Antiretroviral therapy (ART) effectively controls HIV infection, suppressing HIV viral loads. However, some residual virus remains, below the level of detection, in HIV-infected patients on ART. The source of this viremia is an area of debate: does it derive primarily from activation of infected cells in the latent reservoir, or from ongoing viral replication? Observations seem to be contradictory: there is evidence of short term evolution, implying that there must be ongoing viral replication, and viral strains should thus evolve. However, phylogenetic analyses, and rare emergent drug resistance, suggest no long-term viral evolution, implying that virus derived from activated latent cells must dominate. We use simple deterministic and stochastic models to gain insight into residual viremia dynamics in HIV-infected patients. Our modeling relies on two underlying assumptions for patients on suppressive ART: that latent cell activation drives viral dynamics and that the reproductive ratio of treated infection is less than 1. Nonetheless, the contribution of viral replication to residual viremia in patients on ART may be non-negligible. However, even if the portion of viremia attributable to viral replication is significant, our model predicts (1) that latent reservoir re-seeding remains negligible, and (2) some short-term viral evolution is permitted, but long-term evolution can still be limited: stochastic analysis of our model shows that de novo emergence of drug resistance is rare. Thus, our simple models reconcile the seemingly contradictory observations on residual viremia and, with relatively few parameters, recapitulates HIV viral dynamics observed in patients on suppressive therapy.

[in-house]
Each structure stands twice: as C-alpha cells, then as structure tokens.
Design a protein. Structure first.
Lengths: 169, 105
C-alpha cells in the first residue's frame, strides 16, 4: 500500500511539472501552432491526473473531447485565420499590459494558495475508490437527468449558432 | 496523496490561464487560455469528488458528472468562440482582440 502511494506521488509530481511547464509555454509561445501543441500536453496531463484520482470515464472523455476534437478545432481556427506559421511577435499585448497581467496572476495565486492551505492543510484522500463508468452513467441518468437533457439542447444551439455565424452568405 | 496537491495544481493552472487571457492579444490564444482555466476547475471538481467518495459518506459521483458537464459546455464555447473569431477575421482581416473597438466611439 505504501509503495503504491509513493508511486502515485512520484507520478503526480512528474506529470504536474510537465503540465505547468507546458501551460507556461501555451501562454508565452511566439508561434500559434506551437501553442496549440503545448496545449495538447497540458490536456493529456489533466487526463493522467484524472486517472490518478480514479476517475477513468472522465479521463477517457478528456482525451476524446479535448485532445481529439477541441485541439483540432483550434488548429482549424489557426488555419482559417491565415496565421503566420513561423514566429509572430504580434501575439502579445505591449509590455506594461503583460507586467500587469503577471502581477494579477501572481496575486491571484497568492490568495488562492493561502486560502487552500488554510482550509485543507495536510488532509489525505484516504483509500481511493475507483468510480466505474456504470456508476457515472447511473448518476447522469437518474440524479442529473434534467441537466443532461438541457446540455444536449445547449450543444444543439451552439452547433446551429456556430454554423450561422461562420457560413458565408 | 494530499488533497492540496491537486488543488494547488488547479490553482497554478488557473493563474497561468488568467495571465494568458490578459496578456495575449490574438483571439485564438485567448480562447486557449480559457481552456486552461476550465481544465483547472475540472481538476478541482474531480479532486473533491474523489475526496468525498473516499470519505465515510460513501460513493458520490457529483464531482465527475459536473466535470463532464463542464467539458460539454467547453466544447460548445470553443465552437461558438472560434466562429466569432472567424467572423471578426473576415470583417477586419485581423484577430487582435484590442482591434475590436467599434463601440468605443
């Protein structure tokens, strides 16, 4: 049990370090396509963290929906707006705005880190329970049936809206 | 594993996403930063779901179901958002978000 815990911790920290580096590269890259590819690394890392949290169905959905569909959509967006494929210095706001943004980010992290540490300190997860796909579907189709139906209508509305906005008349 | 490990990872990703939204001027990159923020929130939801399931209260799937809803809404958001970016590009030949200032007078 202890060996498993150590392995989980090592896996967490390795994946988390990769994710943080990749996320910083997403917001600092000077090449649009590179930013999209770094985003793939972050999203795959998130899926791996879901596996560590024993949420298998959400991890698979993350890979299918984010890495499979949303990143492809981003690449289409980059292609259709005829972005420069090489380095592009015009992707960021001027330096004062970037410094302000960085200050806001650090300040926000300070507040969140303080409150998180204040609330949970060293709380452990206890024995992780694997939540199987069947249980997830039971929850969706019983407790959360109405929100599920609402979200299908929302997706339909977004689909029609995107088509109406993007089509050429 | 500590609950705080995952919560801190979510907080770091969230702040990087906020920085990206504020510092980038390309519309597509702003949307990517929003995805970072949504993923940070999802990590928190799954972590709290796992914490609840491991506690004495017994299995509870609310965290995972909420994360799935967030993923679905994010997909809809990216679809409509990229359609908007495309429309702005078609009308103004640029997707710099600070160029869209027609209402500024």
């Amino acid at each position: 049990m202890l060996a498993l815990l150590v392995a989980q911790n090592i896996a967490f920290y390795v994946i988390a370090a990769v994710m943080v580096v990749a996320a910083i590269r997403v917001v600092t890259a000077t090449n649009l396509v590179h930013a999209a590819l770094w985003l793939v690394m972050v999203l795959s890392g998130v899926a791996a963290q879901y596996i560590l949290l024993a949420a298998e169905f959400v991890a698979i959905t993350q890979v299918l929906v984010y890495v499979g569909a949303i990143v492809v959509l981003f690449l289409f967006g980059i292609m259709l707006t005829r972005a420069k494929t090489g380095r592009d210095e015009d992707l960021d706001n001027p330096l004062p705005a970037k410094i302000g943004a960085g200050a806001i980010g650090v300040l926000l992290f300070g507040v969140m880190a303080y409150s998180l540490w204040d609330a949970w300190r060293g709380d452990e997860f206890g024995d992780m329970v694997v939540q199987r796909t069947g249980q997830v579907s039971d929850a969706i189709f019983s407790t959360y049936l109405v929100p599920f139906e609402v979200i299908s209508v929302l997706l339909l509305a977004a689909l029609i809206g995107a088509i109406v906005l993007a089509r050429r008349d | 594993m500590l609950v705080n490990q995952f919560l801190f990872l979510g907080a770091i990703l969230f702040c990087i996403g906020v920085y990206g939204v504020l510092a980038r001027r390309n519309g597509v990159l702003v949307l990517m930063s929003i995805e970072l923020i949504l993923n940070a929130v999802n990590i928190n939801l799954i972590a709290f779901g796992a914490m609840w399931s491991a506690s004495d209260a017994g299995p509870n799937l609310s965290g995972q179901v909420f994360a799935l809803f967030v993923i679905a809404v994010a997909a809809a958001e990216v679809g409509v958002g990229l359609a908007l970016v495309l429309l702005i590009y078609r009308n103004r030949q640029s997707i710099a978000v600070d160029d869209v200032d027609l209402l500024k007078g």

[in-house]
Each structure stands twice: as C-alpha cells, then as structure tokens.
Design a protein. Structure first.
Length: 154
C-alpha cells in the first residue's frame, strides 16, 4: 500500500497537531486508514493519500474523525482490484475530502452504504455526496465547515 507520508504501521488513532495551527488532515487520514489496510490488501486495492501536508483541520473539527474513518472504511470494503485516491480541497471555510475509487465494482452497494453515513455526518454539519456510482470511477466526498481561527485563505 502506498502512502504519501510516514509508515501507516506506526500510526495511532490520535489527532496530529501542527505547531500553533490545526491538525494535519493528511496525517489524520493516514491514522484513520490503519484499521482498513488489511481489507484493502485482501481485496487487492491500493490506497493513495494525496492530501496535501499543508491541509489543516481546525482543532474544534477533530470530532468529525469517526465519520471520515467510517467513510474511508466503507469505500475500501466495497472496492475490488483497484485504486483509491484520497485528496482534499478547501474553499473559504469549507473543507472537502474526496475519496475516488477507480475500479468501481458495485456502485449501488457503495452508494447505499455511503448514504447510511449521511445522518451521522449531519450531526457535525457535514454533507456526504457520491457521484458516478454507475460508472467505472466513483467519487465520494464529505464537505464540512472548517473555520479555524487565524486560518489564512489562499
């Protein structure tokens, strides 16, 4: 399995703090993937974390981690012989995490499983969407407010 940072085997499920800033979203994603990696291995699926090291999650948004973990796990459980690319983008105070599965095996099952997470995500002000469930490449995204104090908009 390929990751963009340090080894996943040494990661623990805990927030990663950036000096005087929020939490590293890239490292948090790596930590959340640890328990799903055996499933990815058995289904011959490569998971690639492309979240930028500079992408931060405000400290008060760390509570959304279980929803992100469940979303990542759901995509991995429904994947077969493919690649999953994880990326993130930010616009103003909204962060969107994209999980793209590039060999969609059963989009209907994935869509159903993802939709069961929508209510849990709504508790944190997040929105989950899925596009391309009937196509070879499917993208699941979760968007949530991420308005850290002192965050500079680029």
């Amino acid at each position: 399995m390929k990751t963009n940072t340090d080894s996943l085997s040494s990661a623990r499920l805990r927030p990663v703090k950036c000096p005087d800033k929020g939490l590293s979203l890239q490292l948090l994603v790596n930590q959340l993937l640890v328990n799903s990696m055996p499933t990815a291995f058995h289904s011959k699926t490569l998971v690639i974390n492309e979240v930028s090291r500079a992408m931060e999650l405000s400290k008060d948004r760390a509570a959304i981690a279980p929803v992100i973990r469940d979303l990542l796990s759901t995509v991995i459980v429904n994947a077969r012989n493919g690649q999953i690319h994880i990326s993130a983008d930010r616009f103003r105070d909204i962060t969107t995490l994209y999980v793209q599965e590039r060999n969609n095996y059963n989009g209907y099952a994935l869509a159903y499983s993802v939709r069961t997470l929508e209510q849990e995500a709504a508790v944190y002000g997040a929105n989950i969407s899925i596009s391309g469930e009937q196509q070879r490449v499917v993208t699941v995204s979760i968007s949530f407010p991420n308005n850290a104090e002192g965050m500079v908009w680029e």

All Science Journal Classification (ASJC) codes
- Ecology, Evolution, Behavior and Systematics
- Modeling and Simulation
- Molecular Biology
- Cellular and Molecular Neuroscience
- Computational Theory and Mathematics